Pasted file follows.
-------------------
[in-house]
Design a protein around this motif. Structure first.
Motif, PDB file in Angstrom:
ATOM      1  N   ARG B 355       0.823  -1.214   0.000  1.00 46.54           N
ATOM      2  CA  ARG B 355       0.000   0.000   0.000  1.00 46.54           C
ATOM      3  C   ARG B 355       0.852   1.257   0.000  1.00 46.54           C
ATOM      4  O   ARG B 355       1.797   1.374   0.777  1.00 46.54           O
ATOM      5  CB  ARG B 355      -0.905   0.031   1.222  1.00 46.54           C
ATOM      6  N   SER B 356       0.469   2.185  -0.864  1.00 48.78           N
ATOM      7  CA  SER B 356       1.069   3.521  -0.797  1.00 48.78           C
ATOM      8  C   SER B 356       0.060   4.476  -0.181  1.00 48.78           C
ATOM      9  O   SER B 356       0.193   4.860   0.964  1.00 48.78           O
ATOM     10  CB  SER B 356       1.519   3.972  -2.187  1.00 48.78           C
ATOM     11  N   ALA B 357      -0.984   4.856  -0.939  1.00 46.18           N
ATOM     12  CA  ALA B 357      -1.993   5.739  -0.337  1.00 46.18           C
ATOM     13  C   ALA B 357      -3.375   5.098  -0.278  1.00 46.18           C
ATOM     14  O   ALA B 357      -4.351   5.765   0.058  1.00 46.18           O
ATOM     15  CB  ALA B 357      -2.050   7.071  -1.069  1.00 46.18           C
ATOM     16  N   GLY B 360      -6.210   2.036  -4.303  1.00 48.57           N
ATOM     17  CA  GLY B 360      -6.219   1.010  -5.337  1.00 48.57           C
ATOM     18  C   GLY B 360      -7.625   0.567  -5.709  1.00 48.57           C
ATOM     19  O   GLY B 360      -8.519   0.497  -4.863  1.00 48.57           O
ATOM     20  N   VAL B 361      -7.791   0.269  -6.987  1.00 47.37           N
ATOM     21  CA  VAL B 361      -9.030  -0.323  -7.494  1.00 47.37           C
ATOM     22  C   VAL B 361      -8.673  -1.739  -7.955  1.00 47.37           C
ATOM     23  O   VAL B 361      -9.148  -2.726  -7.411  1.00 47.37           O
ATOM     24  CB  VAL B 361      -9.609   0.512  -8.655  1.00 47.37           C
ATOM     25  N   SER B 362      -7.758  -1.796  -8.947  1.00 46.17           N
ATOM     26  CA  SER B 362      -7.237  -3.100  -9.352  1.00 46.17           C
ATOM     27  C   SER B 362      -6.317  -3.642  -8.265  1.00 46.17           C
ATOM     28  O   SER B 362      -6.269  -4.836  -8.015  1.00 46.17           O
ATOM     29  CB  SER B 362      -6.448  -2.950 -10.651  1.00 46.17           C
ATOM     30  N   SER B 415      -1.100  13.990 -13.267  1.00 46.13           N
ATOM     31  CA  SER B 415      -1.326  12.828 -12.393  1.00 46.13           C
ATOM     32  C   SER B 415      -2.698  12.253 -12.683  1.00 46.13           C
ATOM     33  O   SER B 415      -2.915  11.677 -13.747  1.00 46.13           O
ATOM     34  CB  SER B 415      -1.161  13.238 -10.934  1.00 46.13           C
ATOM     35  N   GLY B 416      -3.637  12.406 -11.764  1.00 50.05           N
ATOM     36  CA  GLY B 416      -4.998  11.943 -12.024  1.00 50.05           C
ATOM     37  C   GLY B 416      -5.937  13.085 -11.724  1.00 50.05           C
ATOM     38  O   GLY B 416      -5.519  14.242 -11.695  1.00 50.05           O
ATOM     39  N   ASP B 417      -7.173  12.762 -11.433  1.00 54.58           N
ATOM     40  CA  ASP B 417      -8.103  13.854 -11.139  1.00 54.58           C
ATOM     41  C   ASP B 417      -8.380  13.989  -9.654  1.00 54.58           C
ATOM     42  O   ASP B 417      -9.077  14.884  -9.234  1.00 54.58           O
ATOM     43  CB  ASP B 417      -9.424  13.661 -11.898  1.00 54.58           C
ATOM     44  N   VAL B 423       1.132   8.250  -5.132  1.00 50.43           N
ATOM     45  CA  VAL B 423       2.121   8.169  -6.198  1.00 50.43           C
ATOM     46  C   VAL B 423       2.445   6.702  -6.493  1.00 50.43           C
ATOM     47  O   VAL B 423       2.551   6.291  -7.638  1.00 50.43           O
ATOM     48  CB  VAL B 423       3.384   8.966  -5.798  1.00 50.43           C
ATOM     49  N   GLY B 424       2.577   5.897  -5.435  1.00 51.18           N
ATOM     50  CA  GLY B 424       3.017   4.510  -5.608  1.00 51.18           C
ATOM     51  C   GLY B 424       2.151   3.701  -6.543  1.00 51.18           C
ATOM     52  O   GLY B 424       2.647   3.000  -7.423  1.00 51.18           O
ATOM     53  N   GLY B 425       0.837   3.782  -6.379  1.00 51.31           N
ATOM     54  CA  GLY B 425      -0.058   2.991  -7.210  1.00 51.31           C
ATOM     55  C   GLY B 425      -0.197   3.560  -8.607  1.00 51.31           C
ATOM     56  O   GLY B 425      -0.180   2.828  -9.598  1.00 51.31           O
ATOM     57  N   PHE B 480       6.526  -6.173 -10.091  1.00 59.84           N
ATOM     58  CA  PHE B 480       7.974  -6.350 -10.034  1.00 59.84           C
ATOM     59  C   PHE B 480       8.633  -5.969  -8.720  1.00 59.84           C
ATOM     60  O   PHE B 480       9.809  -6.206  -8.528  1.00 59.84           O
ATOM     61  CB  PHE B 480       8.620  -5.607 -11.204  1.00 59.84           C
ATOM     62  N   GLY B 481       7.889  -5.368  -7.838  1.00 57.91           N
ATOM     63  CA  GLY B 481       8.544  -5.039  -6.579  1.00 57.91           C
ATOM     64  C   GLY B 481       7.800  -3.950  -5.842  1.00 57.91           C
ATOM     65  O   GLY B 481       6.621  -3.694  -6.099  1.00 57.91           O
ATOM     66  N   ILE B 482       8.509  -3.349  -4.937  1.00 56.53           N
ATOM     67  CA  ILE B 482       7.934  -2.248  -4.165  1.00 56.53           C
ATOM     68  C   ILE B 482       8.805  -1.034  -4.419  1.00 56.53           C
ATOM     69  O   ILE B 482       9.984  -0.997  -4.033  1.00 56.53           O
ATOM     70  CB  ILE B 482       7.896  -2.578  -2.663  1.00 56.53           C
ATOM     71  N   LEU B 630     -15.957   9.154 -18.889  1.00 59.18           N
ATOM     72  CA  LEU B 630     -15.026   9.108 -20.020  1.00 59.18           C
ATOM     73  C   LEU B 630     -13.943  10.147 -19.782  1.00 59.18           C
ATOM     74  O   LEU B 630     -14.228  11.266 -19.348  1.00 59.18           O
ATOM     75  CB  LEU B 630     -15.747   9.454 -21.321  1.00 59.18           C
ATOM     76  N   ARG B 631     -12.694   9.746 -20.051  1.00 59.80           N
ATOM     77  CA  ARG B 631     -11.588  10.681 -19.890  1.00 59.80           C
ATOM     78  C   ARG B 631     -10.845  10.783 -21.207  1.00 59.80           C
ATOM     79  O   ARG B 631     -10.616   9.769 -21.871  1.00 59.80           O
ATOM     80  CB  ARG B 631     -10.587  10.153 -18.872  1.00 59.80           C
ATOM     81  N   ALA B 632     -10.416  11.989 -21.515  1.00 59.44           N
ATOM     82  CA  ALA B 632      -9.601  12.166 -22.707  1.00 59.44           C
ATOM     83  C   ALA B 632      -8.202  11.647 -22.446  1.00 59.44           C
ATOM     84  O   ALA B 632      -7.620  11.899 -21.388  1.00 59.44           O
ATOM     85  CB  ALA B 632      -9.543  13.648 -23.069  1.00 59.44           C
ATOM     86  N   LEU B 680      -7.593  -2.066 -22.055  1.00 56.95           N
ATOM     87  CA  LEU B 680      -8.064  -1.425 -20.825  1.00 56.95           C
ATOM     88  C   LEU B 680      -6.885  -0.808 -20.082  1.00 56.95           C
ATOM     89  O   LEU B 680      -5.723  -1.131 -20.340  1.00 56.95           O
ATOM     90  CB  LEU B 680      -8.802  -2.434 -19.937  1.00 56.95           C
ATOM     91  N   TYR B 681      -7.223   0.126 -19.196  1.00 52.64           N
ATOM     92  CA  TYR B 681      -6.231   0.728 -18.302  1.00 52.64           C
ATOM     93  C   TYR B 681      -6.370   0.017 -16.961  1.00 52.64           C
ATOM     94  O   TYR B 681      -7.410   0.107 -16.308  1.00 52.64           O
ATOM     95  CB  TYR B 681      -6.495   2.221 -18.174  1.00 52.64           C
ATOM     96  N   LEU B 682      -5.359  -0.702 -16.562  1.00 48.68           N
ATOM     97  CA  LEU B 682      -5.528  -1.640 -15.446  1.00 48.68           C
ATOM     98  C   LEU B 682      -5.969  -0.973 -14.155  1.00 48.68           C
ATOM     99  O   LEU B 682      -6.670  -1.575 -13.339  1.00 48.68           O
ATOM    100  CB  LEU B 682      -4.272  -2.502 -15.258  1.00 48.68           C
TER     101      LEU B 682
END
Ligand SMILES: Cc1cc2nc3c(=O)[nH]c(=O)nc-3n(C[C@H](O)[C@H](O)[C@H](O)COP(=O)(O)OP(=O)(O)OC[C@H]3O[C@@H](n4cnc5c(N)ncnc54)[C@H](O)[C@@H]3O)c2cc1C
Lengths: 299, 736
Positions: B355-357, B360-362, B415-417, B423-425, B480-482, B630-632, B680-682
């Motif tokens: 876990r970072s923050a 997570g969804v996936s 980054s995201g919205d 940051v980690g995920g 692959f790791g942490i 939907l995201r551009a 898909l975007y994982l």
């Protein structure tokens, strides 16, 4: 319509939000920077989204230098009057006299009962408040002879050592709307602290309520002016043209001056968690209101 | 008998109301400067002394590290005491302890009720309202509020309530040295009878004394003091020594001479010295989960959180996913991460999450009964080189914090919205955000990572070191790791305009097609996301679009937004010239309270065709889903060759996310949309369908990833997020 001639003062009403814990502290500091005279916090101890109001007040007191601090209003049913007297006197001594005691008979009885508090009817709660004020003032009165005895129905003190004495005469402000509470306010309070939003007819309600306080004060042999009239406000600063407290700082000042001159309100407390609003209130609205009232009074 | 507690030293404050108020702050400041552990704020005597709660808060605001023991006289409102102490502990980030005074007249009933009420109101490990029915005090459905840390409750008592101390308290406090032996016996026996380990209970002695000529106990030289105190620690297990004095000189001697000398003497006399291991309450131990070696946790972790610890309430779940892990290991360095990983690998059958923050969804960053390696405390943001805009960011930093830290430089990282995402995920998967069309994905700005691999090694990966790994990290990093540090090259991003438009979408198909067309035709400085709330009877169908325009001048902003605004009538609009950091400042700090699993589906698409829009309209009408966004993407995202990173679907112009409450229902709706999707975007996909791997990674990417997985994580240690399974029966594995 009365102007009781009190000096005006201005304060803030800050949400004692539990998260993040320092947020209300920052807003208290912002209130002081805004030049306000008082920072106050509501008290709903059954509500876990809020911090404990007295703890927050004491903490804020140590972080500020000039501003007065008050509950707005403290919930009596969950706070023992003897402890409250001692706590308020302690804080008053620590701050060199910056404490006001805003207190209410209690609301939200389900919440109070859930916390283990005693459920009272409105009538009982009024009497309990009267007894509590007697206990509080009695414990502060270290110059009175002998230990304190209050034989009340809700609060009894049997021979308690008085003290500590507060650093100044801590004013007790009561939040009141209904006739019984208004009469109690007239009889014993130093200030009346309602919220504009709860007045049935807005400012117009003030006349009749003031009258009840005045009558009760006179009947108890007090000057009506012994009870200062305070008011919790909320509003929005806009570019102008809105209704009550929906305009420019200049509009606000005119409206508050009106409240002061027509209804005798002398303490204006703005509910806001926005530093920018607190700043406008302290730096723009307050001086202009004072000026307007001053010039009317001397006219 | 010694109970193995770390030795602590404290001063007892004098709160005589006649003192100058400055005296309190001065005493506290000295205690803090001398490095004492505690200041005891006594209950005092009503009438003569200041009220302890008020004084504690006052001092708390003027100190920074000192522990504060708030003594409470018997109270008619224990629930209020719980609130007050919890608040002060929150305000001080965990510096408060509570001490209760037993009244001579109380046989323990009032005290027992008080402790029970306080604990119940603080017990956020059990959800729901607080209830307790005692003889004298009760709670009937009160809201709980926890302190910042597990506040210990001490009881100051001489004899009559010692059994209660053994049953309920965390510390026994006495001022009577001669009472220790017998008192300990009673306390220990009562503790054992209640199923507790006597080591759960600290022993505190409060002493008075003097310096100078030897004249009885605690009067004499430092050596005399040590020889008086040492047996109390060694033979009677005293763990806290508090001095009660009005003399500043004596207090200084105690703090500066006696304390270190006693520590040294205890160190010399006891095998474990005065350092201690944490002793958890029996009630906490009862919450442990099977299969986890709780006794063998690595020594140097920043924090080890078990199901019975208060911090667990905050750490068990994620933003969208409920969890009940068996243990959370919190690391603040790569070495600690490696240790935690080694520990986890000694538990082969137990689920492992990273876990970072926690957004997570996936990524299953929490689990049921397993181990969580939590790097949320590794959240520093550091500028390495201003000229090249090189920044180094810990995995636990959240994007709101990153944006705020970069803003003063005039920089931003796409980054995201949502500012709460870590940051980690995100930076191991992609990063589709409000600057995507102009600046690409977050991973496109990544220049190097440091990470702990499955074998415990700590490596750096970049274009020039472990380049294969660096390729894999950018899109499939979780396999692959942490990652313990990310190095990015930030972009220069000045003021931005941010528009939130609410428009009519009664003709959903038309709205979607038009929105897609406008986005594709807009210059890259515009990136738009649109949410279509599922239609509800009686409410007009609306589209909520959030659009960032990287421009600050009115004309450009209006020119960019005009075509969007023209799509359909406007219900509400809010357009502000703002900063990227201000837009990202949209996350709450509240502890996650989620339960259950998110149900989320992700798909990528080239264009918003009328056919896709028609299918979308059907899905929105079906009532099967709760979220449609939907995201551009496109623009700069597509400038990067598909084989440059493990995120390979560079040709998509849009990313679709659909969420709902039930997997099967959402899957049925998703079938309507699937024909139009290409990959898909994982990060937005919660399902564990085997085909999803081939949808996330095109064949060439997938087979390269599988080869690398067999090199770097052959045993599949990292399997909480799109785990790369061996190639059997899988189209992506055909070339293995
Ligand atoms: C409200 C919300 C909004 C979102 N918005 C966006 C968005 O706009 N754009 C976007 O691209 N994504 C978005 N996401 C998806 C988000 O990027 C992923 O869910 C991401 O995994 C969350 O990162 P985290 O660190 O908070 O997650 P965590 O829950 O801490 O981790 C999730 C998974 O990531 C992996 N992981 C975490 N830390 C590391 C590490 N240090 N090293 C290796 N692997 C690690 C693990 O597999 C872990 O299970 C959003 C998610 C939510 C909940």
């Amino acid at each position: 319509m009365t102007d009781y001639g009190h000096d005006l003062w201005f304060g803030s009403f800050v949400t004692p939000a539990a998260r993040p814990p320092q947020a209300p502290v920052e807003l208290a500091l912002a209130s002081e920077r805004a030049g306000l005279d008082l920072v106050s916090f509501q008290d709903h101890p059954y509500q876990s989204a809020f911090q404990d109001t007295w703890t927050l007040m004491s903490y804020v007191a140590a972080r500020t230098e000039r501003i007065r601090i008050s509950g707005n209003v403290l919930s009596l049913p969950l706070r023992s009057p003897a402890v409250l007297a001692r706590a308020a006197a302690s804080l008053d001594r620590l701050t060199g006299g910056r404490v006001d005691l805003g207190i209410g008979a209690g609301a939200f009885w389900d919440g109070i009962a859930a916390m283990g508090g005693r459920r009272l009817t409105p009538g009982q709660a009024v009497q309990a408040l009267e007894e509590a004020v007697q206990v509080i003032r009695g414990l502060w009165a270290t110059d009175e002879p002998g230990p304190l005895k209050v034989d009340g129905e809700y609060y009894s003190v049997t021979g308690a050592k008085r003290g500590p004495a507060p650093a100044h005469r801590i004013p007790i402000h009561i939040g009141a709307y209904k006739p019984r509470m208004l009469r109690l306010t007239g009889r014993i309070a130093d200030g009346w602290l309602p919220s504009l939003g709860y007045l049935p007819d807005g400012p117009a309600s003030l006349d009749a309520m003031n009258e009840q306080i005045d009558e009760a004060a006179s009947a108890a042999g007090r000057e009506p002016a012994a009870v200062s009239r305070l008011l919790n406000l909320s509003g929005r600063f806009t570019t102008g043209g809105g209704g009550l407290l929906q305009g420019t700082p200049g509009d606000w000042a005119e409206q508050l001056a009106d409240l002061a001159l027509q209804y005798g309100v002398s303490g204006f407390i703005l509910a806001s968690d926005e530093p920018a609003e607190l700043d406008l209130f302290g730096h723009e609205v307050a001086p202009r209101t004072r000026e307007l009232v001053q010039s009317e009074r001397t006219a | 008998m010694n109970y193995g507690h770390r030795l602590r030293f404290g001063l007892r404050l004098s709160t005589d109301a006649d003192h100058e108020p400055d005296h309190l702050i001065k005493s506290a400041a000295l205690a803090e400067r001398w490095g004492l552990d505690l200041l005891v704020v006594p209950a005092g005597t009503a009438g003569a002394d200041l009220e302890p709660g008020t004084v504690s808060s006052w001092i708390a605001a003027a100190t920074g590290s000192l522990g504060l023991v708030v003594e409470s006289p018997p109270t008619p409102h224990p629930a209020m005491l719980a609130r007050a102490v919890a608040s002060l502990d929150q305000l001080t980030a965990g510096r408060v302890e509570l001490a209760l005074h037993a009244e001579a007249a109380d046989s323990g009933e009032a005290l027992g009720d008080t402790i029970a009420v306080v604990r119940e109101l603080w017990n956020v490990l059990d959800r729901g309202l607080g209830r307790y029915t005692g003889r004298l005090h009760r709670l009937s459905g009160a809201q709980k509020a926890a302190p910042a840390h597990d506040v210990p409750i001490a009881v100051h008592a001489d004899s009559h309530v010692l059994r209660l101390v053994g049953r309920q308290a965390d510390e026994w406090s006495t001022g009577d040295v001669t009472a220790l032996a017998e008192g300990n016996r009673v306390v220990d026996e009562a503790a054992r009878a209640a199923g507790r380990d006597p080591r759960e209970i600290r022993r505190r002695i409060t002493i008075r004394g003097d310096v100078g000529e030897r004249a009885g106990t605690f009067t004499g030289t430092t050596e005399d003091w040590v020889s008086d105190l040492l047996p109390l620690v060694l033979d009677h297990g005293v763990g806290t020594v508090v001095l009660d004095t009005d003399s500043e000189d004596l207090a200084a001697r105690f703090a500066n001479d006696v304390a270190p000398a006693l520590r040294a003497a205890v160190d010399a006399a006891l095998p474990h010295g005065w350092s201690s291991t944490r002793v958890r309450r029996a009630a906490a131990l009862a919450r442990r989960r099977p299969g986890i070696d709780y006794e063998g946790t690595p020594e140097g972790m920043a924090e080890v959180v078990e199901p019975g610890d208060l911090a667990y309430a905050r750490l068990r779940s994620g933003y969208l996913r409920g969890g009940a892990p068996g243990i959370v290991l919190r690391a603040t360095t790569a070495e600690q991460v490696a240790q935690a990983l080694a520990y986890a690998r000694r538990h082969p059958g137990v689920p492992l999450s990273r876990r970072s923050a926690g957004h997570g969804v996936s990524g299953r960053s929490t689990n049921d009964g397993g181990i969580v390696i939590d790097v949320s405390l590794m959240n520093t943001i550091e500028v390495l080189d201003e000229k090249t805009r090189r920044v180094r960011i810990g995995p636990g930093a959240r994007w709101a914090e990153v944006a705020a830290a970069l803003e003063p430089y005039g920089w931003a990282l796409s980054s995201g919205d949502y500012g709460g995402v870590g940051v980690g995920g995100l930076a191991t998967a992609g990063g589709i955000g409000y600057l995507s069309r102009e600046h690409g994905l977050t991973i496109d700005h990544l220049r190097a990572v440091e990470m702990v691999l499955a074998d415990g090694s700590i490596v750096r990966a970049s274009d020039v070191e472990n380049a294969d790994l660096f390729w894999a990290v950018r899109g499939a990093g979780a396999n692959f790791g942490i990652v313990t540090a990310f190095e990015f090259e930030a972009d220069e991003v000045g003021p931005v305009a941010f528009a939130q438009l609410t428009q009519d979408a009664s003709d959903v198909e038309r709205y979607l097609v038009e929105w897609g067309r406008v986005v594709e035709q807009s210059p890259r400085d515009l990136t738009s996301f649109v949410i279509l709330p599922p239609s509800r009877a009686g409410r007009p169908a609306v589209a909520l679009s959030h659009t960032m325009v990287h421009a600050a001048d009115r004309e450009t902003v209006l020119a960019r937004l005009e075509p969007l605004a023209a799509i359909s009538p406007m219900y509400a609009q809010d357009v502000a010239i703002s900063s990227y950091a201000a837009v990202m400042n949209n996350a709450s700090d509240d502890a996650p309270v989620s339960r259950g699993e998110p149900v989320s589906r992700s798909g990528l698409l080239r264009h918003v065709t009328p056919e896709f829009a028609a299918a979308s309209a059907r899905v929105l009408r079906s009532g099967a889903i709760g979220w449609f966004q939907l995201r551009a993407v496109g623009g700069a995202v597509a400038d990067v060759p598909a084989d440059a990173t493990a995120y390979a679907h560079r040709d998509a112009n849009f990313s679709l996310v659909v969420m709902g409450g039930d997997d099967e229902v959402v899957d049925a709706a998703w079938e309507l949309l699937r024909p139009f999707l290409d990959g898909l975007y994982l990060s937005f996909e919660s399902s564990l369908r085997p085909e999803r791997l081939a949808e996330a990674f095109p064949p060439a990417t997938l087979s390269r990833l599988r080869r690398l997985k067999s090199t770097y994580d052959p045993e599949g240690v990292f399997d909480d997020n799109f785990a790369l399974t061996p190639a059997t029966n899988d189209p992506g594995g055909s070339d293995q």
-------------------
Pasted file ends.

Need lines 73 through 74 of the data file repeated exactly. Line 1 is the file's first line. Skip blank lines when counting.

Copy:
ATOM     70  CB  ILE B 482       7.896  -2.578  -2.663  1.00 56.53           C
ATOM     71  N   LEU B 630     -15.957   9.154 -18.889  1.00 59.18           N